The swoon in investment bank shares from the pinch in credit markets has left them looking cheap, but for some gutsy contrarians they have an even stronger appeal simply because everyone hates them.

Huge drops in shares of investment banking stalwarts Goldman Sachs Group, Merrill Lynch & Co., Lehman Brothers Holdings and of course, Bear Stearns Cos. have struck fear in investors, raising worries about the stability of the financial system.

But the rollercoaster price movements signal some of the best buying opportunities in the market as valuations slide to levels some now consider cheap.

We've been buying over the last 30 days, said Jim Paulsen, chief investment strategist at Wells Capital Management in Minneapolis.

For Bear Stearns and Goldman Sachs in particular, a stream of headlines describing their hedge fund horrors in an already panicky marketplace has left the stocks down 32 percent and 10 percent respectively this year.

The extraordinarily negative sentiment surrounding this sector is more a reason we are buying than its valuation -- they've just been outright dumped, Paulsen added.

Dumped is right. During the market correction between July 19 and August 3, financials were down 10.9 percent, marking them the second worst sector for that period in the Standard & Poor's 500 after materials stocks.

Financial stocks have taken a drubbing over the last six months, but selling pressure for the group has intensified over the last several weeks, as subprime mortgage defaults have ratcheted up, losses have mounted at several high-profiled hedge funds and credit conditions have tightened.

At issue is whether earnings of investment banks could come under pressure as they've been unable to sell bonds and loans that were designed to fund risky leveraged buyouts, or LBOs. If that debt is stuck on banks' balance sheets for a considerable period, brokerages could have less money available for other deals and trading.

The risks, however, are known to investors and many argue the financial sector has largely factored in those possibilities.


I would argue that at these prices, if their earnings are at risk to some degree ... at these prices I can live with that, said Bob Doll, vice chairman and chief investment officer of global equities at money manager BlackRock Inc.

Goldman shares, for example, are currently trading at its lowest price-to-earnings ratio in its history. Its forward P/E is currently trading around 8.1.

Doll's portfolios had been underweight financials during the period of underperformance for the sector, but with the huge declines in financial shares the firm is not as underweight to the degree we were, Doll said.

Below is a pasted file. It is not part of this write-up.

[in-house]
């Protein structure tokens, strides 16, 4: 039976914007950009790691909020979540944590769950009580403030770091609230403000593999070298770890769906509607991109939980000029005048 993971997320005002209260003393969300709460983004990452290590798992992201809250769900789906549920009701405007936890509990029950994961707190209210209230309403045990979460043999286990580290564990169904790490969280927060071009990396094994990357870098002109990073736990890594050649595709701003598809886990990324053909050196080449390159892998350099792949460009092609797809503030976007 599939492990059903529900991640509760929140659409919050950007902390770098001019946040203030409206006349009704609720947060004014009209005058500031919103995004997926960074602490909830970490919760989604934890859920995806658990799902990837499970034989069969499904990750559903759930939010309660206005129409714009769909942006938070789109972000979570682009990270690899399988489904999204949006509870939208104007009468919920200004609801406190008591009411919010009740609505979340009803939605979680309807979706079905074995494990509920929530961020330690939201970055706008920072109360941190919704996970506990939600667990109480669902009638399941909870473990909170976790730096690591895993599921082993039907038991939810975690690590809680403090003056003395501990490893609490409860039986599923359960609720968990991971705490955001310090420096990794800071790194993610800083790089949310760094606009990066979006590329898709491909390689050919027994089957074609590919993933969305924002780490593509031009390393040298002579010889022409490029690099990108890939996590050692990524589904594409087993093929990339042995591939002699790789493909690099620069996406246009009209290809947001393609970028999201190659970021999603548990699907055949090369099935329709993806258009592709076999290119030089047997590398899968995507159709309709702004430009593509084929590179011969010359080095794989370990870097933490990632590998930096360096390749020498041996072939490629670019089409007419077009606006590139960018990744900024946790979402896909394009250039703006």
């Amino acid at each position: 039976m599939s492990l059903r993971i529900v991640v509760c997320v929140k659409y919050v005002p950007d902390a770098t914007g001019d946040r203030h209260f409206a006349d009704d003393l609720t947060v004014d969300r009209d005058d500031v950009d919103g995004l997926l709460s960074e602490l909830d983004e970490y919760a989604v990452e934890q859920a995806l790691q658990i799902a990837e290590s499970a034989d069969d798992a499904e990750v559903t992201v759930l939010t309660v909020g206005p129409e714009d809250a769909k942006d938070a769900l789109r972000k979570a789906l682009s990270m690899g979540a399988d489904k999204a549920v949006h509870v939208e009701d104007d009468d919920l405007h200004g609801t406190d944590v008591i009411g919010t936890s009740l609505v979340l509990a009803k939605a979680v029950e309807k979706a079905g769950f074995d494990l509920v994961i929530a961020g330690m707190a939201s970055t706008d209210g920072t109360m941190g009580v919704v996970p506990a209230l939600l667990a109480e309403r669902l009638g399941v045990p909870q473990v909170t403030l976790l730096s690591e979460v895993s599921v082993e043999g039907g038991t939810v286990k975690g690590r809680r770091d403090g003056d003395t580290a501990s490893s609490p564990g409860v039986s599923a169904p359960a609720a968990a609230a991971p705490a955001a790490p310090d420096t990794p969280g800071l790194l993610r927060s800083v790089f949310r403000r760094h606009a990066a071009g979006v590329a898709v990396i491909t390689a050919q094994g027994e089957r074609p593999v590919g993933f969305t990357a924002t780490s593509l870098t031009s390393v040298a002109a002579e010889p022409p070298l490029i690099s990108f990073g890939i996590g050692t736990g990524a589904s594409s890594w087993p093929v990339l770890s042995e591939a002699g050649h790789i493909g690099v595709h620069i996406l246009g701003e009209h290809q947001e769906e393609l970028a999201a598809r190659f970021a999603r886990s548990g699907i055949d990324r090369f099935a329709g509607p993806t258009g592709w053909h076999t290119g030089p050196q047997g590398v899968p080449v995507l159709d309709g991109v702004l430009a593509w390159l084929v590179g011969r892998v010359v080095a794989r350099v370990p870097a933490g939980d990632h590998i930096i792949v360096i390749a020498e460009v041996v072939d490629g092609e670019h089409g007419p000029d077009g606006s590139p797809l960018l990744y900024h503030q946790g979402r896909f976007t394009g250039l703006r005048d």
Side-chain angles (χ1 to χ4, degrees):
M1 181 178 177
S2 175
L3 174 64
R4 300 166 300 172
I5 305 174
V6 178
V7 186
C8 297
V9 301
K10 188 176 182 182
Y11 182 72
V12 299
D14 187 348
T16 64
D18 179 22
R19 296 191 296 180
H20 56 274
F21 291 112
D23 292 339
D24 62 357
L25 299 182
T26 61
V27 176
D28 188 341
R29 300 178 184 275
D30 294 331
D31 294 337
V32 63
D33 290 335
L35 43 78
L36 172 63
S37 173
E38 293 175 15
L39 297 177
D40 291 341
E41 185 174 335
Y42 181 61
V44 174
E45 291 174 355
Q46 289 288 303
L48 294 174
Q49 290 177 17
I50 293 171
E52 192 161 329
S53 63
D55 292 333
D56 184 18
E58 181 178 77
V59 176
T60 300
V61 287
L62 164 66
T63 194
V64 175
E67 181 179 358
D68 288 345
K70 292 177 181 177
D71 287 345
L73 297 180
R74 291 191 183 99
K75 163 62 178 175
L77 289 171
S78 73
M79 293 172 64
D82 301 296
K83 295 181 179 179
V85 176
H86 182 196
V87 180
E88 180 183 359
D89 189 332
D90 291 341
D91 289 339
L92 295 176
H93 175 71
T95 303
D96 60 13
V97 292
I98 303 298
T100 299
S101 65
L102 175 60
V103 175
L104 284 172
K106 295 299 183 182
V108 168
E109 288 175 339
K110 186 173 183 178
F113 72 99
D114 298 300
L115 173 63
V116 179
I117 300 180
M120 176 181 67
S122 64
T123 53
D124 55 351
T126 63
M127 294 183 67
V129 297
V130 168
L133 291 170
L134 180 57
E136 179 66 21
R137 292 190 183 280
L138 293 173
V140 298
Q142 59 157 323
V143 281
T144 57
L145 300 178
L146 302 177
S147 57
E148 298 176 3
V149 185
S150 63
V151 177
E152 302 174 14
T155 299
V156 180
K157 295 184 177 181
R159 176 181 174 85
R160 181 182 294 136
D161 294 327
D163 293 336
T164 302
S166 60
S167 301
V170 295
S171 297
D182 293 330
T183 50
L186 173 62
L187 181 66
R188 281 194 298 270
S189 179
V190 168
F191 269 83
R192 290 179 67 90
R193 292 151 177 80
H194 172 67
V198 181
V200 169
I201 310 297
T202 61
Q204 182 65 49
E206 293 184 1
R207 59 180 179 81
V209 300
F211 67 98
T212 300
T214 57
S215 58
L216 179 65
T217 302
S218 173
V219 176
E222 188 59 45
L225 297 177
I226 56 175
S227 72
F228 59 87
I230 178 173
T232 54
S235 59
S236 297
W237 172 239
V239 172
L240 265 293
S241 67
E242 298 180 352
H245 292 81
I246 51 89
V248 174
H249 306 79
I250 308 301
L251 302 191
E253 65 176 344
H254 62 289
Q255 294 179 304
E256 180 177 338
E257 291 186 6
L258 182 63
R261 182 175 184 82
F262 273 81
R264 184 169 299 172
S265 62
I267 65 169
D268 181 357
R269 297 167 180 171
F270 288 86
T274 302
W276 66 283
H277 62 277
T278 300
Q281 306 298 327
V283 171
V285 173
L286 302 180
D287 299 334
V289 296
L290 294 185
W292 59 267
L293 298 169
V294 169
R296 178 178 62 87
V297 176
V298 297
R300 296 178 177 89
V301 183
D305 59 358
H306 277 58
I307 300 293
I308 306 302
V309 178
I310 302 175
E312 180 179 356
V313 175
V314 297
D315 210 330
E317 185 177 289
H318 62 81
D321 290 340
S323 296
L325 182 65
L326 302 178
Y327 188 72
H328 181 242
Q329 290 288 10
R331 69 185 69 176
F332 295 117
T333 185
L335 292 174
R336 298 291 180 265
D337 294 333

The price adjustment is reflecting certainly more credit concerns than before we went into this, said Doll, who helps oversee more than $1 trillion in assets.

Doll declined to say where he's been putting money to work but said he has a bias toward the higher-quality, globally diversified investment banking giants.

It is companies like Goldman Sachs, Lehman Brothers and on the bank side, Citigroup and JPMorgan, Doll added.

Jim Huguet, president and co-CEO of Great Companies, Inc., which recently sold Goldman shares based on its valuation, said: We would be looking at it again. It's becoming more attractive.

At $180-plus a share and estimated earnings growth of 13 percent a year, estimated returns is about 18.5 percent per year over the next 5 years, he said.

Indeed, Goldman and other brokers have about $75 billion in exposure related to the $330 billion worth of leveraged loans and bonds related to LBO transactions, calculated Prashant Bhatia, analyst at Citigroup.

But the mark-to-market impact related to brokers funding those LBOs will be in the range of 2 percent and 5 percent in 2007, which he said would be manageable.

Bhatia said while risks remain he's telling clients that Merrill and Morgan are better positioned to weather a potential credit storm and find their share prices attractive.

Tom Sowanick, chief investment officer at Clearbrook Financial LLC in Princeton, New Jersey, notes that the trailing P/E multiples of Merrill, Morgan and Lehman are under 10 times.

He's got his sights on Lehman because the company is better diversified and trading at an 7.9 multiple.

Slapping a multiple of 12 would bring shares to fair value of $94 a share, he said. Even then, Sowanick said when looking at Lehman shares relative to the historical P/E of stock markets, That's still cheap!